SINGAPORE (Mar 18): In the last few years, well over US$42 billion ($57 billion) a year in total turnover was seen in the international watch market, which has more than 850,000 players. The market is dynamic and growing, declares Swiss watch expert Eric Tortella.
Tortella says in the past four decades, some 55% of international auction sales proceeds was derived from Patek Philippe timepieces alone. In the last three years, Patek Philippe, which has 1,500 employees, produced an average of 40,000 watches a year. Other top brands produce much more, he notes. Rolex, for instance, with 5,000 employees, produced about one million watches within a similar time frame.
Patek Philippe’s exquisitely crafted watches have enjoyed a steady appreciation in value over time, he notes. An iconic brand that has remained an industry leader over two centuries, it is the last watch manufacturer to remain independent.
It takes at least eight months or more to produce a Patek Philippe timepiece, Tortella says, and much longer with more complicated pieces. The limited production process adds to the higher retention value, along with the fact that every watch element is made to the highest standards.
Tortella was in Singapore recently for a private event organised by Christie’s Singapore. A watch industry veteran of nearly 40 years, he says that precise and detailed hand finishing of a timepiece adds immeasurably to its value, as well as its lifespan. Wheels laboriously gilded and cut, jewels optimally positioned to minimise friction and bridges rounded and polished are just part of the painstaking process.
How does one ascertain the value of a watch and if it is auction-ready? Tortella points out, “The originality of the timepiece, its condition and rarity, as well as the history behind it matter.” Also important are the number of pieces made, the movement and case manufacturing year. A vital point to note is whether any modifications were made. Available paperwork such as certificates and data extracts also help in the valuing process, as do accompanying accessories such as the box in which the timepiece was placed in.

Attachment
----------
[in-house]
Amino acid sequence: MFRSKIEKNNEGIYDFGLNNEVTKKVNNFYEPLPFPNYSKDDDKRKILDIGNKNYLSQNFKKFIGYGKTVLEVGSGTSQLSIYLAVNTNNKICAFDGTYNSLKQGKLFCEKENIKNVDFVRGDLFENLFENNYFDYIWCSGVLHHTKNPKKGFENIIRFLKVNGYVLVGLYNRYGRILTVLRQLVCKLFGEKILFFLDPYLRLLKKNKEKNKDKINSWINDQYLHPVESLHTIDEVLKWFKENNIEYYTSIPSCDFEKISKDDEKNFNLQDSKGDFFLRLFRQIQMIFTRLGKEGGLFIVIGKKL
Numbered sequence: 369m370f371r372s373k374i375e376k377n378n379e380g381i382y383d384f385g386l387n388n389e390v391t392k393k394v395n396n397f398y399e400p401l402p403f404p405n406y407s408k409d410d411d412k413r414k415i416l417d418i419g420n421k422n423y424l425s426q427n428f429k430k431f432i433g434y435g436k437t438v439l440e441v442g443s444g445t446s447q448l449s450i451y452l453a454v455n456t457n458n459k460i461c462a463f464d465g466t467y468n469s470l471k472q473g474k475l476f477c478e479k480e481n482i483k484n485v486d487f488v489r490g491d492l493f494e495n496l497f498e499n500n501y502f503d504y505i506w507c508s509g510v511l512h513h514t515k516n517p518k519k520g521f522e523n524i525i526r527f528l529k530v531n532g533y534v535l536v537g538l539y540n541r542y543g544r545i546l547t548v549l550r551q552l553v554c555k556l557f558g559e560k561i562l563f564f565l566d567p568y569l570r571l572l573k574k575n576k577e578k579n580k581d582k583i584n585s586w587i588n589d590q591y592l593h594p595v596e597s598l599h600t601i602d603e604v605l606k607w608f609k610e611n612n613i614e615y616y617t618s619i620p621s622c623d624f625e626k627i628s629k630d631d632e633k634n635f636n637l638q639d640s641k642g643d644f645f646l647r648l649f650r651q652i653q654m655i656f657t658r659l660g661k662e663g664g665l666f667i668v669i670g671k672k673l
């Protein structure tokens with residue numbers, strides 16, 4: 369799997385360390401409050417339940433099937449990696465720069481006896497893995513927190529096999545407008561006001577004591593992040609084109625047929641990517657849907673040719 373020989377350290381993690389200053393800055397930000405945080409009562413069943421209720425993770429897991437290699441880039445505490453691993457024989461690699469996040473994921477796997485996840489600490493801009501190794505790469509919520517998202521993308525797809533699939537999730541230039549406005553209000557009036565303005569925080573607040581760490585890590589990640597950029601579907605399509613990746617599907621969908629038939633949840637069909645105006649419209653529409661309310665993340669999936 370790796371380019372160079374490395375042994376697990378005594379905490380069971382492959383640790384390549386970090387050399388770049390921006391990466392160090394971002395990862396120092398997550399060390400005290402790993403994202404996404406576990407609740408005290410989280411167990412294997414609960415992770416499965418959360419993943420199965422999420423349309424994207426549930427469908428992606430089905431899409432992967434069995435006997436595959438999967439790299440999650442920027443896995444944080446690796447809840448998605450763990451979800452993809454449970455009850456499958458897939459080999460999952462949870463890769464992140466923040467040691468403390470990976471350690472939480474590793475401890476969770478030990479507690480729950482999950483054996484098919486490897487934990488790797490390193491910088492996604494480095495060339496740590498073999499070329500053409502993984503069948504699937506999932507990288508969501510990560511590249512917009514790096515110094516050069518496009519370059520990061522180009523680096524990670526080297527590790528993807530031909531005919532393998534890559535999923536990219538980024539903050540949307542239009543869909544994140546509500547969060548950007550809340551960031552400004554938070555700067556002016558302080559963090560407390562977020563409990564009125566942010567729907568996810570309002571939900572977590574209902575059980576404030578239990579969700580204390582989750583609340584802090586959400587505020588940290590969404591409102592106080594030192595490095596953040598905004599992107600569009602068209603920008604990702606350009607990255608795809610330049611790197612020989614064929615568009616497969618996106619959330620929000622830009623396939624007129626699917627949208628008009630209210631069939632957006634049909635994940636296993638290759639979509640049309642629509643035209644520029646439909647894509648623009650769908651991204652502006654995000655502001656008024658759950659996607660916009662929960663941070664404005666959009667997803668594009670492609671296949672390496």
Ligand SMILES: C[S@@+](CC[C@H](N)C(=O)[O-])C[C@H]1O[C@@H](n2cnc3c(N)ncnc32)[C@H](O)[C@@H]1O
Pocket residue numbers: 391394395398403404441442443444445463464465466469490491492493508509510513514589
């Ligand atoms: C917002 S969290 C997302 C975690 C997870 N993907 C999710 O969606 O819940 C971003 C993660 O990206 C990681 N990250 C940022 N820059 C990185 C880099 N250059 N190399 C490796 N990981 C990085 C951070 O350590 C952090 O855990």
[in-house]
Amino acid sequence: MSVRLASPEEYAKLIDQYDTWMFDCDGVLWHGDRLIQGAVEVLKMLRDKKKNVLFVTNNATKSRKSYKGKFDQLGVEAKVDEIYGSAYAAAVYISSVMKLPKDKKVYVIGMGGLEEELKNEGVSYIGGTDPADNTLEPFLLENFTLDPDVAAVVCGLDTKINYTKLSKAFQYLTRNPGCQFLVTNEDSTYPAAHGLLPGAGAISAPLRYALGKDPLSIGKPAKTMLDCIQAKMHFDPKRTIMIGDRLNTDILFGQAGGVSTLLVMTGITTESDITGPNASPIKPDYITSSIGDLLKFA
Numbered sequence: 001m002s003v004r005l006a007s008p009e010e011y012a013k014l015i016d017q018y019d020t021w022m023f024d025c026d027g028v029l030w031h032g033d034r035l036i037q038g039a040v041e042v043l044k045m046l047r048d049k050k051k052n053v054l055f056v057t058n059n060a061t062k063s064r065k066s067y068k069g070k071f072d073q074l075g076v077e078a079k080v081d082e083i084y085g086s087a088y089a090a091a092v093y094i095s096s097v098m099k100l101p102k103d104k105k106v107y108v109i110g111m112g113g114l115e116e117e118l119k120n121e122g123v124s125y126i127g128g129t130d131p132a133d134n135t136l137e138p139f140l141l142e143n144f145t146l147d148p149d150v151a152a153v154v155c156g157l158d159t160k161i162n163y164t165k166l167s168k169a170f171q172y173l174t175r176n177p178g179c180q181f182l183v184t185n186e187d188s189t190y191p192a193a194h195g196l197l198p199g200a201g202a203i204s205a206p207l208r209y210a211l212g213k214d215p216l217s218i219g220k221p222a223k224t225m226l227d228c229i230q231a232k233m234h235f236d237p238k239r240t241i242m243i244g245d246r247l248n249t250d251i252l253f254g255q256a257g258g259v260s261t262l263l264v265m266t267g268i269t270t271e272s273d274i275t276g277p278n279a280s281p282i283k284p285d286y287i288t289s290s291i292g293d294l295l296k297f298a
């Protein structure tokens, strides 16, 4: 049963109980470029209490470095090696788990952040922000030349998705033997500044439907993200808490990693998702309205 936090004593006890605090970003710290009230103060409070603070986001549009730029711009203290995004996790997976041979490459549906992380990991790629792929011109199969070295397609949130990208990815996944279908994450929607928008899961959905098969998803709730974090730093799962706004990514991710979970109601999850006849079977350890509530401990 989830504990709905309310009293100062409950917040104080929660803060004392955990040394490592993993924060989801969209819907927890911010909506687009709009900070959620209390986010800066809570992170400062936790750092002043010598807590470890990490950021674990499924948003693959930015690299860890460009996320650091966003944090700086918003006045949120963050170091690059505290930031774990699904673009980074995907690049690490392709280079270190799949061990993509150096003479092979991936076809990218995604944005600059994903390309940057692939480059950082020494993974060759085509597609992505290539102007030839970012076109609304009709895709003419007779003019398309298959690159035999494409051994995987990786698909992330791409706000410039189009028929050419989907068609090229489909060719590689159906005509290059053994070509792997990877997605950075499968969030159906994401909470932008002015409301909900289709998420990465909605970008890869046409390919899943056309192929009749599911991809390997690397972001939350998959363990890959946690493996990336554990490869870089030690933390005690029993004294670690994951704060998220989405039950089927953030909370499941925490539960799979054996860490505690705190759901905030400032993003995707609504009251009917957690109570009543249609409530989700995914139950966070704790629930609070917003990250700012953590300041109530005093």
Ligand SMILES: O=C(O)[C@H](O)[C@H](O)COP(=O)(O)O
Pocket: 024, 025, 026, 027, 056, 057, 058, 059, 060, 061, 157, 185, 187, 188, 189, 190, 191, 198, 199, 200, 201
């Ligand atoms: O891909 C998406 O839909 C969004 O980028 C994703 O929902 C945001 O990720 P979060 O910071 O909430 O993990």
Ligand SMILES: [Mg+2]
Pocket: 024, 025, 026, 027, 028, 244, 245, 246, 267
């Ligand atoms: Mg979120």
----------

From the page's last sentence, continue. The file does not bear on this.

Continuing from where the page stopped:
Provenance is also key, like who the original owner was. Also, was such a timepiece already known and offered to the public? Do not forget to read up on production data on cases, dials and bracelets, the latest market updates and reports, history and evaluation of prices, as well as the in-depth technical inspection process.
But beyond monetary value and auction readiness, Tortella emphasises the heart of Patek Philippe’s core values. “There is also the much-cherished tradition of handing down such splendid watches through the generations,” he says.
Jafri M is a freelance writer who covers dining, business and luxe travel
The 1964 Rolex Daytona 6241 with cherry logo
For Christie’s upcoming “Important Watches” sale in Dubai in March, highlights include a unique steel Rolex ref 4500 tropical dial with a Joyería Riviera signature, contemporary minute repeaters, rare grand complications and a 1964 Rolex Daytona 6241 with the coveted cherry logo.
The Dubai watch sale is complemented by Christie’s sale of Middle Eastern, Modern and Contemporary Art. Viewing is open at Christie’s Dubai salesroom at the Jumeirah Emirates Towers Hotel from March 19 to 23. The auctions are on March 22 and 23.
This article appeared in Issue 873 (Mar 18) of The Edge Singapore.